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More than military power is needed to fight ISIS

Even after military victory, the problems that led to the creation of ISIS will remain. Only a comprehensive and sustainable strategy will address them.

We need to think beyond military conquest to what happens when the guns fall silent.
REUTERS/Ahmed Jadallah

President John Quincy Adams once said that America did not go abroad in search of monsters to destroy. But we have, often, and we regularly find new dragons we judge need slaying. The latest of these is ISIS, Islamic State, or whatever we choose to call the militant fanatics who now dominate much of Iraq and Syria.

There is nothing ambivalent about a group that beheads innocent civilians, ignores established borders, and wants to return to the dark ages when there is no separation of church and state and women are chattel to be kept out of sight. Yet recognizing ISIS as evil incarnate tells us little about how to combat it.    

The rise of ISIS has presented Americans with a classic damned-if-you-do, damned-if-you-don’t dilemma. We badly want to concentrate on our many problems at home but cannot ignore an in-your-face menace that is manifestly hostile to us and everything we stand for. We are torn between isolationism and a belief that as the indispensable nation we have a special role to play in the world. We are a reluctant sheriff, to borrow a phrase coined two decades ago by Richard Haass, yet we have accustomed the world to expect America to take on every new security crisis.   

Does that mean yet another American war in a part of the world where we’ve been engaged in violent conflict seemingly forever and with little apparent success? Is countering this threat primarily an American responsibility or should others be equally concerned and committed?

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If there is an Obama Doctrine, it is that we should not take on policing the world by ourselves and that America’s value added should take forms other than boots on the ground. The president has applied these principles in assembling a coalition of some 40 nations to do battle against the ISIL forces in the field in Iraq and Syria.   

The vital ‘And then what?’ question

It might work. We and our allies may well be able to crush this foe with military might, as President Obama has vowed we will. The military mission, “to degrade and ultimately to destroy ISIS,” will be no walk in the park. It is not going well thus far, but let’s stipulate that we can and will defeat ISIS militarily. And then what? That is the vital question that was not asked or addressed when we went to war against Iraq in 2003.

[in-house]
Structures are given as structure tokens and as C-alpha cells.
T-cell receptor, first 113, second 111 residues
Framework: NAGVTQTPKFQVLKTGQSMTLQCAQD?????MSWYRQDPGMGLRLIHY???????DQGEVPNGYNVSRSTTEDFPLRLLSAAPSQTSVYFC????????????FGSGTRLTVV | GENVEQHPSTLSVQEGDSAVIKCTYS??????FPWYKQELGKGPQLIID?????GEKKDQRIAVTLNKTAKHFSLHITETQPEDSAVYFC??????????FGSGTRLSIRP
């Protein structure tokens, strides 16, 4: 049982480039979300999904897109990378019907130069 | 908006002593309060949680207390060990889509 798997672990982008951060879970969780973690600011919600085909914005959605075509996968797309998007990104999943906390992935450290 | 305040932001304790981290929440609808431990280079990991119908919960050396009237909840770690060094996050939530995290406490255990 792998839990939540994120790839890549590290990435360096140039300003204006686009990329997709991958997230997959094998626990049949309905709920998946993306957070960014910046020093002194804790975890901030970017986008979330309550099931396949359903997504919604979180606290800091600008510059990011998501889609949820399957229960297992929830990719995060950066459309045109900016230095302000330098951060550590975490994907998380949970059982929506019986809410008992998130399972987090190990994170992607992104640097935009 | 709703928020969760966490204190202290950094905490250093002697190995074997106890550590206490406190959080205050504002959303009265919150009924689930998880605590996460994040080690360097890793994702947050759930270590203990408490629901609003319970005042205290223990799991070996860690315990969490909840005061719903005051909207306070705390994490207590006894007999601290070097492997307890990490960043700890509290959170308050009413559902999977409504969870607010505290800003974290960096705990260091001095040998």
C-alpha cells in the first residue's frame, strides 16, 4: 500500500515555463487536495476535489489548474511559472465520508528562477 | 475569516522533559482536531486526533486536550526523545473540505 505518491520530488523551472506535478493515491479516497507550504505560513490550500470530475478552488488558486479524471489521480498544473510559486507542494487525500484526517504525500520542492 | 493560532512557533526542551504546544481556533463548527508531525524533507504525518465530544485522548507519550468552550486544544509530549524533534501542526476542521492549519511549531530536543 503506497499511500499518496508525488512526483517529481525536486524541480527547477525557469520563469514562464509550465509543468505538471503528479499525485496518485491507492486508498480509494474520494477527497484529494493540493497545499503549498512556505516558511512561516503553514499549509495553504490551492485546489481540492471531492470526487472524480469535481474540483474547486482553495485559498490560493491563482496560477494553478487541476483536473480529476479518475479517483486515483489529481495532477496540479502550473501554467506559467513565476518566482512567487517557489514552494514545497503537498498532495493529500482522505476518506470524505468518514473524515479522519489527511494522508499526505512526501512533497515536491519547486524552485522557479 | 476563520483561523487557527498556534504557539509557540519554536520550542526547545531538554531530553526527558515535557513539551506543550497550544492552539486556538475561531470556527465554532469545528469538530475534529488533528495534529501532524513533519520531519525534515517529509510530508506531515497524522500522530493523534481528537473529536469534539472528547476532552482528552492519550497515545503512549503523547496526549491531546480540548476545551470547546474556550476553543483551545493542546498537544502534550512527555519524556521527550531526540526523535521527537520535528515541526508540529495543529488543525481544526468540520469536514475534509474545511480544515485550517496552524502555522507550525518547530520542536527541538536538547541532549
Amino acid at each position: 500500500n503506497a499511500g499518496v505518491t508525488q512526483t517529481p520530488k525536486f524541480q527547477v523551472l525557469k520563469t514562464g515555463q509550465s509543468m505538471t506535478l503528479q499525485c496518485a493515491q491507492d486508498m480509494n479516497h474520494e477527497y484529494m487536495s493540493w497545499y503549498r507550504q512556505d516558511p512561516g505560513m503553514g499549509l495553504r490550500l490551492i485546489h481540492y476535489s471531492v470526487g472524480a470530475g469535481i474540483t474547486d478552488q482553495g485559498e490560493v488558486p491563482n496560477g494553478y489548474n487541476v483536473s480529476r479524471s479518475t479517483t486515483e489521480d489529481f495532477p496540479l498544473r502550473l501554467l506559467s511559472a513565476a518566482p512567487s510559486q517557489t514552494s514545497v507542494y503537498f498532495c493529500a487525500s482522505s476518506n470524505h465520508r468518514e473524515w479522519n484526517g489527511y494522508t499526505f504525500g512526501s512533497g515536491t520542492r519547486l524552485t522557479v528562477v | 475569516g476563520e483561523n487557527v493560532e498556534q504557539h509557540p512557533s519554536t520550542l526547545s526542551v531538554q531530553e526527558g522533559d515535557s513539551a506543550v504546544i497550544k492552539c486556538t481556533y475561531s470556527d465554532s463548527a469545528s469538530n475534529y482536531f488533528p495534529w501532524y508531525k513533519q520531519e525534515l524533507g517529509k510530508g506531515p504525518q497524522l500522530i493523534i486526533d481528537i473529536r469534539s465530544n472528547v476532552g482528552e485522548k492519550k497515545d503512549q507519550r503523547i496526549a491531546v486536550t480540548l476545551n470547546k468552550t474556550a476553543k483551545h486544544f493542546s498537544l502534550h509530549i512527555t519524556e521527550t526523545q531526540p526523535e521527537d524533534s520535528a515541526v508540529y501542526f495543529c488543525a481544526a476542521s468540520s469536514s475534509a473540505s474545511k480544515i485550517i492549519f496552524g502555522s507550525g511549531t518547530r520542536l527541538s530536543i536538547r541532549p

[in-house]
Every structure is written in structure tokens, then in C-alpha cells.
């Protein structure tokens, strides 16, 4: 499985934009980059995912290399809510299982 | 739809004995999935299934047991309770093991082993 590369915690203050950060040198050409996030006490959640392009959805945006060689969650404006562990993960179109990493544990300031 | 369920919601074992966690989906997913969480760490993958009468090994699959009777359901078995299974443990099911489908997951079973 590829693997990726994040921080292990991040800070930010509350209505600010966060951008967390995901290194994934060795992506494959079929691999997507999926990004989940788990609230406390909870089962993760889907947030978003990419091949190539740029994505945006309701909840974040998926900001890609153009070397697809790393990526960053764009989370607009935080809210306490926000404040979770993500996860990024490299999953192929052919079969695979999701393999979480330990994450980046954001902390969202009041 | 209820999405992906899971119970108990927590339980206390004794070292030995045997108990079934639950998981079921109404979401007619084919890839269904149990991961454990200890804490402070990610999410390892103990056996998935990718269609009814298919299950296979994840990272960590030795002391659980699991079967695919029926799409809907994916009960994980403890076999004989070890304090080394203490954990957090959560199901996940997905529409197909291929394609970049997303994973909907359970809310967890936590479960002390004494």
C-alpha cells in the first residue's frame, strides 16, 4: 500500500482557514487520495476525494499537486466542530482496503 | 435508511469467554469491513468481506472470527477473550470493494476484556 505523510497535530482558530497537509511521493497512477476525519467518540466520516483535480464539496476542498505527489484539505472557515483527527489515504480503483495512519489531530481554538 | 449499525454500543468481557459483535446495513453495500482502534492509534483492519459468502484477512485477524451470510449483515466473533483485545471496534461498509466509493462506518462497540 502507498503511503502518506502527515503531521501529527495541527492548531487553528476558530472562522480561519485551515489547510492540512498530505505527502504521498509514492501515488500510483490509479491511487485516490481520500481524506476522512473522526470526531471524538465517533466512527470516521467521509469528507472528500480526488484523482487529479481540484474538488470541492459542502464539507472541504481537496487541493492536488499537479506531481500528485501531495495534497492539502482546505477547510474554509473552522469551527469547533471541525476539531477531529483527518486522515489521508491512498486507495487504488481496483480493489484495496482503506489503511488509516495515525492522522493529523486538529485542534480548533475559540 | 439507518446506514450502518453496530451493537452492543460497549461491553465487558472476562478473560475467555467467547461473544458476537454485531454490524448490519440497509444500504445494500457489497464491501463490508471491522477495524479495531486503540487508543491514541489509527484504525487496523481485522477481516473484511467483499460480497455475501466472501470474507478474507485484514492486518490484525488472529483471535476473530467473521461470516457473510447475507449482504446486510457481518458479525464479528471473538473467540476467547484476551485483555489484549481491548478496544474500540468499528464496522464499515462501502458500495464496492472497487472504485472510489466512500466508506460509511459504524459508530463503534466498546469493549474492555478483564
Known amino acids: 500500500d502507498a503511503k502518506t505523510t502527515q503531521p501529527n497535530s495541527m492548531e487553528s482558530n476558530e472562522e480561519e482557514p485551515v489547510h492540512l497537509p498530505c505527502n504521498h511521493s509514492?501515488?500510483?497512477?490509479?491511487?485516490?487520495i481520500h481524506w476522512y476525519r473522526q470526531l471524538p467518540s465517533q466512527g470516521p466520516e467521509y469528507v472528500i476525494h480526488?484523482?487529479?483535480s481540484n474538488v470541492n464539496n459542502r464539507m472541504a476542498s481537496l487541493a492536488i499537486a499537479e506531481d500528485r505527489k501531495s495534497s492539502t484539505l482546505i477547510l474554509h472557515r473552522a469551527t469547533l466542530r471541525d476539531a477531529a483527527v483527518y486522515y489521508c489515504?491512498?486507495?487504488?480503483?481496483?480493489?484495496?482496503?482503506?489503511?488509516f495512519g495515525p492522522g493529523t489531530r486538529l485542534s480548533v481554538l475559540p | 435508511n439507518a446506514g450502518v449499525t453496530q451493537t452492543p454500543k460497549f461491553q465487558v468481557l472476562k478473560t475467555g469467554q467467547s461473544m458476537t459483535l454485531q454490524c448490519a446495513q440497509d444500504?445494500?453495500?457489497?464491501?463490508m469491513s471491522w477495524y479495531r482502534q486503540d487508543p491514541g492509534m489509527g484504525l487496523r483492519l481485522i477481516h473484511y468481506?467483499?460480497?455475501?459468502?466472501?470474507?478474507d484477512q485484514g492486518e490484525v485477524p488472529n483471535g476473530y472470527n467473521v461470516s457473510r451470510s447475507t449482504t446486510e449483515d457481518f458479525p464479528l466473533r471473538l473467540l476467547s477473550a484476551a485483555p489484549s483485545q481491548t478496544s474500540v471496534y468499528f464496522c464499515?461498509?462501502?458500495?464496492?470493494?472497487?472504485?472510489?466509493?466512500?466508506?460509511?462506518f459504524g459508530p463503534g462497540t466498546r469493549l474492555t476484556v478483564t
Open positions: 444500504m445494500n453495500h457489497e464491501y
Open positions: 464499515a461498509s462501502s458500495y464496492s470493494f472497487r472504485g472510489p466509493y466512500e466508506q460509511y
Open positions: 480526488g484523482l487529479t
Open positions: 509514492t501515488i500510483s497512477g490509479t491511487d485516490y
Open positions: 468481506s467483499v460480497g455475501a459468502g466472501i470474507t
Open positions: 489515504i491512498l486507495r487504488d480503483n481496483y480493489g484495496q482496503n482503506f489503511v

We quickly crushed Saddam Hussein’s army, but the chaos, confusion and conflict that followed cost us dearly in blood and treasure. We have precious little to show for the lives lost and trillions of dollars spent.  

If we want to avoid a similar result with ISIS, we need to think beyond military conquest to what happens when the guns fall silent. Even after military victory, the problems that led to the creation of ISIS will remain. Unless we address them with a truly comprehensive and sustainable strategy, ISIS, al-Qaida or something similar will likely rise again in that part of the world.

Disaffection, resentment …

There’s been little public analysis of how and why ISIS grew so strong so fast, but clearly frustration and disaffection among Muslim youth is one factor. Resentment of American military presence in their lands is another. Bitterness toward U.S. backing of Israel is a third. We may scoff at the legitimacy of these grievances, but they are widely and deeply felt. And since there are some 1.5 billion Muslims, and they are a majority in 49 countries, we can ill afford to simply dismiss them.   

A comprehensive strategy for confronting ISIS-type militants would recognize that we’re engaged in an ideological contest, a battle for the hearts and minds of Muslim masses. To win such a war we need to use all the tools of statecraft, not only military power. That would include energetic diplomacy to help resolve the Arab-Israeli conflict and to enlist Muslim leaders in combatting what is a perverted version of a great religion.      

A need for sustained aid

Generous and sustained economic and humanitarian assistance in caring for refugees and rebuilding societies must also be an element of American policy. Losing interest, as we did after helping the Mujahidin drive the Soviets out of Afghanistan in the ’80s, would be another fateful mistake. Congress must rise above partisan bickering and catering to special interests (the military-industrial-congressional complex) to supply the resources needed for these efforts.  

We will also need to employ vigorous public diplomacy to offer a positive vision for the future and contrast it with the bleak negativity ISIS represents.  Arab leaders, both civilian and religious, should be encouraged to join in this cause.    

All this will take time. But then, we’ve spent more than a decade trying to impose a military solution to the conflicts in Iraq, Afghanistan and Syria. A comprehensive strategy for winning the hearts and minds of Muslims will not succeed quickly either, but it offers more hope for a lasting peace.

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Dick Virden is a retired Senior Foreign Service Officer. He lives in Plymouth.


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